Finding and Fixing a Suspected Vacuum Leak
One of the niggling problems I’d been having was a loud whistle from the engine compartment. The noise drove me nuts because, it being high-pitched and all, it was impossible to find it. It sounded like it was coming from everywhere! Also it seemed to diminish once the engine was warm. I put my mechanic’s stethoscope on everything I could think of, initially suspecting it was yet another poorly remanufactured accessory. No dice. Eventually I stumbled upon the only place I could hear it…through the throttle linkage on the primary throttle shaft. Immediately I blamed a vacuum leak at the throttle shaft because the carburetor had been rebuilt in Winnipeg…and you all know how I feel about the Winnipeople. I was wrong…kindof. I had a vacuum leak alright, but it wasn’t where I thought it was.
Jeff Ford from Autorestomod happened to see my Facebook post and suggested I take a look at the manifold. He pointed out, for those of you who don’t know, that the Edelbrock manifold doesn’t mate well with the Autolite carb. As a regular viewer of his show, I’d already learned that the fix for this is a Boss 302 carb spacer, but it was a good catch. Jeff strongly suspected my manifold to carb/spacer gaskets were to blame for my vacuum leak. In his words, “the Felpro stuff is made out of bible paper now.” And doggone-it! He was right. I changed out the gaskets with some thicker ones I had, after I cut them to fit, of course, and the noise was gone! The sweet taste of victory was mine!
Normally I’m a big proponent of testing and confirming which part is at fault before making a repair. Scientific diagnosis saves money and time. In this case, though, I just went ahead and replaced the manifold-to-spacer and carb-to-spacer gaskets. Why? Because they’re cheap and I have a ton of extras. Also it’s a really easy repair, the symptoms suggested fault with the existing gaskets, and I didn’t want to go through testing to confirm what I already suspected. The diagnosis process for finding a vacuum leak can be messy, dangerous, or both.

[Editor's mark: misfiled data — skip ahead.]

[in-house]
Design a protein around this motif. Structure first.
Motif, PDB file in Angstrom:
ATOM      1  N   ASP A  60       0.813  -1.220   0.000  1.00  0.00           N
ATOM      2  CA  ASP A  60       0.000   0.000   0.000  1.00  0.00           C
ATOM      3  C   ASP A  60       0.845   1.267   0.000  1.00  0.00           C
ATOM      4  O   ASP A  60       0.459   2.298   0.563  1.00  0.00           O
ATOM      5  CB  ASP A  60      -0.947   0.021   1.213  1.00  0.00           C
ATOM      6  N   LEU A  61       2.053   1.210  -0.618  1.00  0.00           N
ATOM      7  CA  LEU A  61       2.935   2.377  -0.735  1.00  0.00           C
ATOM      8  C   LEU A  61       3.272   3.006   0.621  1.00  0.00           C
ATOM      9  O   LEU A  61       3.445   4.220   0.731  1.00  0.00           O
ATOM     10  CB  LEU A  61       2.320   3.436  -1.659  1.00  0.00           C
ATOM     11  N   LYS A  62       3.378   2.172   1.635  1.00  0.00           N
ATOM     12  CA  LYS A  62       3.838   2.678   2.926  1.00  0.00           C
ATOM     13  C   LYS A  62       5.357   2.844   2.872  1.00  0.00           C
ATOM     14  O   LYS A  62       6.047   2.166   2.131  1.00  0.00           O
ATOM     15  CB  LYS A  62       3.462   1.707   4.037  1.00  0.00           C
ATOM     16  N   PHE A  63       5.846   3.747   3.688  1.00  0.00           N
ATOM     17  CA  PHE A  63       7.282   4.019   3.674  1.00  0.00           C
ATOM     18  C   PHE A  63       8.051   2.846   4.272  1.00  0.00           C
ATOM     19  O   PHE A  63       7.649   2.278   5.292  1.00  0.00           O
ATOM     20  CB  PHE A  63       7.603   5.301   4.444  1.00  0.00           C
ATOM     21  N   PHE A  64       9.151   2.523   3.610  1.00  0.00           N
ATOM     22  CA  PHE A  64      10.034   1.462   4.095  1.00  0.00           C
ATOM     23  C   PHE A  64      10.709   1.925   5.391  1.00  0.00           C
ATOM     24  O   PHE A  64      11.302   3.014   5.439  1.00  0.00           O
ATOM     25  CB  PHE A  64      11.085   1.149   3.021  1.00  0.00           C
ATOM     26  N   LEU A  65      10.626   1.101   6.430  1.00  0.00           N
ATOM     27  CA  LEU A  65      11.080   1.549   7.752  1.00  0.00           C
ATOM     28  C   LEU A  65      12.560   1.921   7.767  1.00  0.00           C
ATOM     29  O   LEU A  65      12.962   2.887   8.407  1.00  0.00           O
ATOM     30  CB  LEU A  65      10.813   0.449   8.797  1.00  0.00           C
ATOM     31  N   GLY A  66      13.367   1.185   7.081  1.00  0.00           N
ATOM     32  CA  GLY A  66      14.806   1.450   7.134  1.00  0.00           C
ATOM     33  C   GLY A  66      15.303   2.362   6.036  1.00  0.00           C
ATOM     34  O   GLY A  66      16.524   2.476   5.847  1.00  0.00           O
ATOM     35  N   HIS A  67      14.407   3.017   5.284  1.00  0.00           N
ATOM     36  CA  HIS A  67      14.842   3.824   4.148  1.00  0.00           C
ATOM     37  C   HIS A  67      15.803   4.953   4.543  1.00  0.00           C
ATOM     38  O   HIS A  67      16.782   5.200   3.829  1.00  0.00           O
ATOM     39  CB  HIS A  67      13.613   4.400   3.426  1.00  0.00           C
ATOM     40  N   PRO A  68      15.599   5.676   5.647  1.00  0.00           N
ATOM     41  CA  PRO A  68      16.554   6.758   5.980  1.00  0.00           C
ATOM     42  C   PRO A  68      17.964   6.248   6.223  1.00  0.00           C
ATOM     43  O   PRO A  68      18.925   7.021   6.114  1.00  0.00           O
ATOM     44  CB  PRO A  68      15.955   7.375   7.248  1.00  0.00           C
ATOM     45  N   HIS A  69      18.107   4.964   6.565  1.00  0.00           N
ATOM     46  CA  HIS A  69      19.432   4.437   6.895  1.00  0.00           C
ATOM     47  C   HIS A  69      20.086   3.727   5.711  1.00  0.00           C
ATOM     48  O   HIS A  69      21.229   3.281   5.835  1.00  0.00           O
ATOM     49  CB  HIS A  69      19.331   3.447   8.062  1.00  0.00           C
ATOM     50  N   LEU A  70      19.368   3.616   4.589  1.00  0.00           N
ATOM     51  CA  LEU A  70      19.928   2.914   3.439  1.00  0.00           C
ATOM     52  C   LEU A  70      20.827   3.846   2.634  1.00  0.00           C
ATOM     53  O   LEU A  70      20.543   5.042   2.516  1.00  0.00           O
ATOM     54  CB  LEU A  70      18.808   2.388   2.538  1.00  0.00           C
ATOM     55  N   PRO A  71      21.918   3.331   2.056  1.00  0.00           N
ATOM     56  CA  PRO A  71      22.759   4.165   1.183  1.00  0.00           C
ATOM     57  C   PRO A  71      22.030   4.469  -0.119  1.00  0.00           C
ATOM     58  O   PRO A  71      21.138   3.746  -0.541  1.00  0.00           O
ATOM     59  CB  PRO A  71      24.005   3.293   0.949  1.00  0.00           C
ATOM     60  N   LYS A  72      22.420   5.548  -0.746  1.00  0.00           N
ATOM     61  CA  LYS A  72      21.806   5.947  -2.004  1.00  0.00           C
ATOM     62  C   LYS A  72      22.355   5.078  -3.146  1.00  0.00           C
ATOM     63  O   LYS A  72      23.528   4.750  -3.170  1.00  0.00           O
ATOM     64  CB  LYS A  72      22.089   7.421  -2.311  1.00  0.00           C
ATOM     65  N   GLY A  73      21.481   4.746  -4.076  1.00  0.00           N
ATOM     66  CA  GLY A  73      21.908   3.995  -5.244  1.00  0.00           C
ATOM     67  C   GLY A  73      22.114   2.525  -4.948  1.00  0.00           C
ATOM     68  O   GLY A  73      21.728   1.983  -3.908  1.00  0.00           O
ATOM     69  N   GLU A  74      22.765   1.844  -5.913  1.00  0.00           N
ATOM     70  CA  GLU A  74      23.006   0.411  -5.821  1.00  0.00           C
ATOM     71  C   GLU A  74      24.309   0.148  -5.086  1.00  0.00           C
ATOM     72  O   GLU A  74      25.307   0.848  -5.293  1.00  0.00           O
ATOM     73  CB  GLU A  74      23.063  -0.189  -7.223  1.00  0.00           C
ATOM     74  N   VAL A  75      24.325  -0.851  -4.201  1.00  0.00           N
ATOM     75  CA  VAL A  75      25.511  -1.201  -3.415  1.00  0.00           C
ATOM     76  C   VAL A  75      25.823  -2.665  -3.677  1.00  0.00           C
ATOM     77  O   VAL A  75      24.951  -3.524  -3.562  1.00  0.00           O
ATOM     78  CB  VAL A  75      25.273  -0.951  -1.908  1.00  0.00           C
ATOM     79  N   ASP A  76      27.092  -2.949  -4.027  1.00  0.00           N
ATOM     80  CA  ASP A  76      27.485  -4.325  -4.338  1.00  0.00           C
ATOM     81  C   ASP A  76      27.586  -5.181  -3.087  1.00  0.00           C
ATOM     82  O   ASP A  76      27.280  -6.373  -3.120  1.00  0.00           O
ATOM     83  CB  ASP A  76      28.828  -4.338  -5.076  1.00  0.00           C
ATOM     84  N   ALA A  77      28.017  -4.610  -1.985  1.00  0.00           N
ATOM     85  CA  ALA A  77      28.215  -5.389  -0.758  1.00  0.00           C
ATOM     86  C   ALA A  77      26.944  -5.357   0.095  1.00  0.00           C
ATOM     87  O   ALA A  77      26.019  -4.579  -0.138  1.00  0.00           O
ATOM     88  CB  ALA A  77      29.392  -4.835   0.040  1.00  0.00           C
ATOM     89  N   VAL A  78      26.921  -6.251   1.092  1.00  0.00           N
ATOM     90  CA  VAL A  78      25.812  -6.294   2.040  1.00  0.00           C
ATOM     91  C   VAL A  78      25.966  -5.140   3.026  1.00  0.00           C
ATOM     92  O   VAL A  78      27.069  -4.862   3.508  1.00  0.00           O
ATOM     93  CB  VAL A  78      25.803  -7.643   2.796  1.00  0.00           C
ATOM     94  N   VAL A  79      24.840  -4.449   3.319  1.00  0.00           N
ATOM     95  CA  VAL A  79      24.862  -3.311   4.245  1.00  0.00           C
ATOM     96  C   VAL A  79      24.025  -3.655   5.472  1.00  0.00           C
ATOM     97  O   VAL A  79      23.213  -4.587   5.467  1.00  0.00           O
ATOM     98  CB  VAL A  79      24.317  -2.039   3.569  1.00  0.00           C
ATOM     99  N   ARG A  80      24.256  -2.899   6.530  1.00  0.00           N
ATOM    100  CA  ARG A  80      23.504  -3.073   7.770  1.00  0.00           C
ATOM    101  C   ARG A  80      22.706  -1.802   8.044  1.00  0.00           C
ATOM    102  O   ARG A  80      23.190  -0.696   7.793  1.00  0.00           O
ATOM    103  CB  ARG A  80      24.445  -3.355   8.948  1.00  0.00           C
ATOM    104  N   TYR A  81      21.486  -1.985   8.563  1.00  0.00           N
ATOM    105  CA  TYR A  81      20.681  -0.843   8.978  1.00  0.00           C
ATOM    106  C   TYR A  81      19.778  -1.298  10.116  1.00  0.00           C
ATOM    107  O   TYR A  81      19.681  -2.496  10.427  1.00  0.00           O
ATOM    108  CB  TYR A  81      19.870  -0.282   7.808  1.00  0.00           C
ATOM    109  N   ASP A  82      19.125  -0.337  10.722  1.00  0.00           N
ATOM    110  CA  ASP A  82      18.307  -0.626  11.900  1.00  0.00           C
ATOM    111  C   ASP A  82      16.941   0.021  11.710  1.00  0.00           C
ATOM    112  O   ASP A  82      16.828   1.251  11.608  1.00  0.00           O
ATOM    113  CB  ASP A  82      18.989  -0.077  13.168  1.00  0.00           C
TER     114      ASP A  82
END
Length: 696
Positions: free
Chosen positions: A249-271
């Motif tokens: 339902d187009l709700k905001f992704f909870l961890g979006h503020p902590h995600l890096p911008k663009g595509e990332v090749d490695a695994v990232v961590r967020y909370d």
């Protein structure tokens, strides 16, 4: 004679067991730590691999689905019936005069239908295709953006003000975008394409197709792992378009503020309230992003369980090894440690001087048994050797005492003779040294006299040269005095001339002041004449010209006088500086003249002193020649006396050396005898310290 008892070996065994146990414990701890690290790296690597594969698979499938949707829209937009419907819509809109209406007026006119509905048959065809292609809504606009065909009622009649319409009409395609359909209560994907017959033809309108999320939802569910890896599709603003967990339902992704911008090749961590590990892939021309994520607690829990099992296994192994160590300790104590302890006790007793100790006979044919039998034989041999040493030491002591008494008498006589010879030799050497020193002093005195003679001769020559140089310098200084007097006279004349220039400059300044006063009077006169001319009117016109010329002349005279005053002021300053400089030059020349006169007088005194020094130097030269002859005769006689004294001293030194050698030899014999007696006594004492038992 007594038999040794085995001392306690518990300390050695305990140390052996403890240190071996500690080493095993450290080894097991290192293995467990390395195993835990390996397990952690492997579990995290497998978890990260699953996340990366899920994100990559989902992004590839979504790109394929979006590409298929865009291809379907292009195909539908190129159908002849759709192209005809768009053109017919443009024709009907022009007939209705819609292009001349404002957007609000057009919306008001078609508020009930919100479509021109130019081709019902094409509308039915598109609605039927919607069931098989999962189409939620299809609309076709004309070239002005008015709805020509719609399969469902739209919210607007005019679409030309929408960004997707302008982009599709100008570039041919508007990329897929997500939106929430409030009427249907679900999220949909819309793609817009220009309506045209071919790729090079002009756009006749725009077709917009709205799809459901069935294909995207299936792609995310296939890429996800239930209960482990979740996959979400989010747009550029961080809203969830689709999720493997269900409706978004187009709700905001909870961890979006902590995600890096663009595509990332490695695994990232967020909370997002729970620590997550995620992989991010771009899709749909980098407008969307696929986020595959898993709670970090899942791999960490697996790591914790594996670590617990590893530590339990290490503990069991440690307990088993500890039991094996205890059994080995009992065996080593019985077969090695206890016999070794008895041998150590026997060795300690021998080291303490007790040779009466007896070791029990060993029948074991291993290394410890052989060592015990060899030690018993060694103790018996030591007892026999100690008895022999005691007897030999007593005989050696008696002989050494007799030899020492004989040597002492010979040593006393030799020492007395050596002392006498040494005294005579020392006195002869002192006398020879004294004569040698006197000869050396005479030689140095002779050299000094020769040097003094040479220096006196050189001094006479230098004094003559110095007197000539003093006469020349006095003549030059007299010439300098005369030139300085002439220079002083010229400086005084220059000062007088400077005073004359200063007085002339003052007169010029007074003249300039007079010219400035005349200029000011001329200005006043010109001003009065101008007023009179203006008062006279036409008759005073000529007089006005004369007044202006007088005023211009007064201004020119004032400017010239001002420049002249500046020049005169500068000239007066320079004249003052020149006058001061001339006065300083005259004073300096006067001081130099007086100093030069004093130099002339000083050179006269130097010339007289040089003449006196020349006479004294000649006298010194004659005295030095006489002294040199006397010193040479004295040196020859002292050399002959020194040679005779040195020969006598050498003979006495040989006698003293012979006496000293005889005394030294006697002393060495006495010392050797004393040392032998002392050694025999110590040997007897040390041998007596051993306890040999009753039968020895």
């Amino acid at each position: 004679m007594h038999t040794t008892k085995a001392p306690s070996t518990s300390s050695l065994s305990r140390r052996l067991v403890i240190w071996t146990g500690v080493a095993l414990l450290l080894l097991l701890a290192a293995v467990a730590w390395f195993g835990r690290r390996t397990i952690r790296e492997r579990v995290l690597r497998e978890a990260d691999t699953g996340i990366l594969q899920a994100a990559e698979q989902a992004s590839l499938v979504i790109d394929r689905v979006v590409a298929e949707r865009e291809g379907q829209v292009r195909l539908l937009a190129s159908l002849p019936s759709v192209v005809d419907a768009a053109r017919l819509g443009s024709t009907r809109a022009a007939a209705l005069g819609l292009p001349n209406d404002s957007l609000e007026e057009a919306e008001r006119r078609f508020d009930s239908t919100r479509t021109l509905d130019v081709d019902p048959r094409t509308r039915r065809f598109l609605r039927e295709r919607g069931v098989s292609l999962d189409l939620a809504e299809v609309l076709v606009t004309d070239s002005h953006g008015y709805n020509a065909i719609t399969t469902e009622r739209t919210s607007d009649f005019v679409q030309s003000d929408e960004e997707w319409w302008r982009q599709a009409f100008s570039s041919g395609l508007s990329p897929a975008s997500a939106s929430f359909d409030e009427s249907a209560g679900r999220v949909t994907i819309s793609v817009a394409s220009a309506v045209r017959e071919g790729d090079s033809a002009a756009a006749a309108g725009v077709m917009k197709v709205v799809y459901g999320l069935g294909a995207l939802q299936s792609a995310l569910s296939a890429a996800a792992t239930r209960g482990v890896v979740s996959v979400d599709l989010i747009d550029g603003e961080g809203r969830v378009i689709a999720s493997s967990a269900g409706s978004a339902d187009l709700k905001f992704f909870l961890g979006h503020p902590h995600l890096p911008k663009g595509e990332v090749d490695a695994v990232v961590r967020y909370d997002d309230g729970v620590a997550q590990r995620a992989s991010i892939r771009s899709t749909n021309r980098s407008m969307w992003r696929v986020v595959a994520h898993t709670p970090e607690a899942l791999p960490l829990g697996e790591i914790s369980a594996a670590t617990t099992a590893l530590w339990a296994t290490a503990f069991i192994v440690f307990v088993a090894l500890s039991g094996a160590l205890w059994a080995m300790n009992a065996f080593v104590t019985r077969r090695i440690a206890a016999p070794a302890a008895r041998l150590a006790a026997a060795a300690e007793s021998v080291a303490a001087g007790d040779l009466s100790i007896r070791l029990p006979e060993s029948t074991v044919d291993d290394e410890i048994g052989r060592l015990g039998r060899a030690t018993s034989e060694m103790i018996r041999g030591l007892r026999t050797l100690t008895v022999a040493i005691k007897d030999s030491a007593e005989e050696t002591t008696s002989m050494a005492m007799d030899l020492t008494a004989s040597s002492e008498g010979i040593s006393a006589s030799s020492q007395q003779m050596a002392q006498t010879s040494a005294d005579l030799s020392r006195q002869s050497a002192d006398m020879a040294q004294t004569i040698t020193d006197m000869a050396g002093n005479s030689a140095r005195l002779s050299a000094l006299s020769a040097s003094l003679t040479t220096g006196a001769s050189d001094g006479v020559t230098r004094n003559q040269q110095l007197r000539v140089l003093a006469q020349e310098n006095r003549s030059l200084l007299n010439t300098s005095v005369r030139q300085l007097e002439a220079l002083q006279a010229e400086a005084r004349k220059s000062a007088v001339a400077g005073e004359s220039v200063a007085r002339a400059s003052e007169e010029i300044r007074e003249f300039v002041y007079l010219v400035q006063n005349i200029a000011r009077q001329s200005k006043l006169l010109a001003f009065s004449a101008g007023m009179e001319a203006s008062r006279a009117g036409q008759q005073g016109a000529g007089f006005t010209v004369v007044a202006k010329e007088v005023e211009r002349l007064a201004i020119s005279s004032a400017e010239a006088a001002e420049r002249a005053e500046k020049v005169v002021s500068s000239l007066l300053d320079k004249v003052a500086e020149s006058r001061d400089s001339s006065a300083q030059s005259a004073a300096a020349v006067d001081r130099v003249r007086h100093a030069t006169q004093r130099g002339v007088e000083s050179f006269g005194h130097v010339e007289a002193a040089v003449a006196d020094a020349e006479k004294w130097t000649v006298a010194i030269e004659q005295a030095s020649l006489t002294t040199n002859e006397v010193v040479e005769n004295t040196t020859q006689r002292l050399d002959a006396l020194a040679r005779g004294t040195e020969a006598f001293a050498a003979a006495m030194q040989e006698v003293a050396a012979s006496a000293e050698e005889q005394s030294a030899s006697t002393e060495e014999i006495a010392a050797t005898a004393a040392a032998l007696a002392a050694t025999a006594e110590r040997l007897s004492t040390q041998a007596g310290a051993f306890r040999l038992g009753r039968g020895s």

Each guy will have his own preference about this, but generally the best way to find a vacuum leak is to spray something around the suspected leak area to see if the idle changes. Some guys use water, some use WD-40, still others use carburetor cleaner. It’s all about personal preference and how much you value your eyebrows. I didn’t want to go through the process of spraying solvents or water around my freshly detailed engine compartment, so I skipped the diagnostics.
However, had I thought about it a little more I would’ve used propane ingestion, which is mess-free. Turn on a propane torch without lighting it and run a stream of propane around the suspected problem area. Simple and effective, I’ve done it on the Packard to find intake manifold leaks.
Whatever your method, though, find your vacuum leak if you suspect you have one. Even a small leak can screw with the idle and fuel mix. Mine had to have been monumentally gigantic. After I had the carb back on and the engine fired up, I blipped the throttle to pull off the choke…and the engine died. As it turns out, my leak was so big that now the idle was set below 100 RPM. I had to turn the throttle stop screw several turns to get it so it would even idle at all. Several more turns, and I had the curb idle back where it’s supposed to be.
From there I also had to readjust the fuel mixture, which was way too rich. Using my vacuum gauge I was able to get a decently smooth pointer and 18″ of vacuum at 750 RPM. A little low in my opinion, but good enough for now. I’m hoping the engine will develop a little more vacuum once the rings seat, or maybe I’ve still got a vacuum leak somewhere. Time will tell!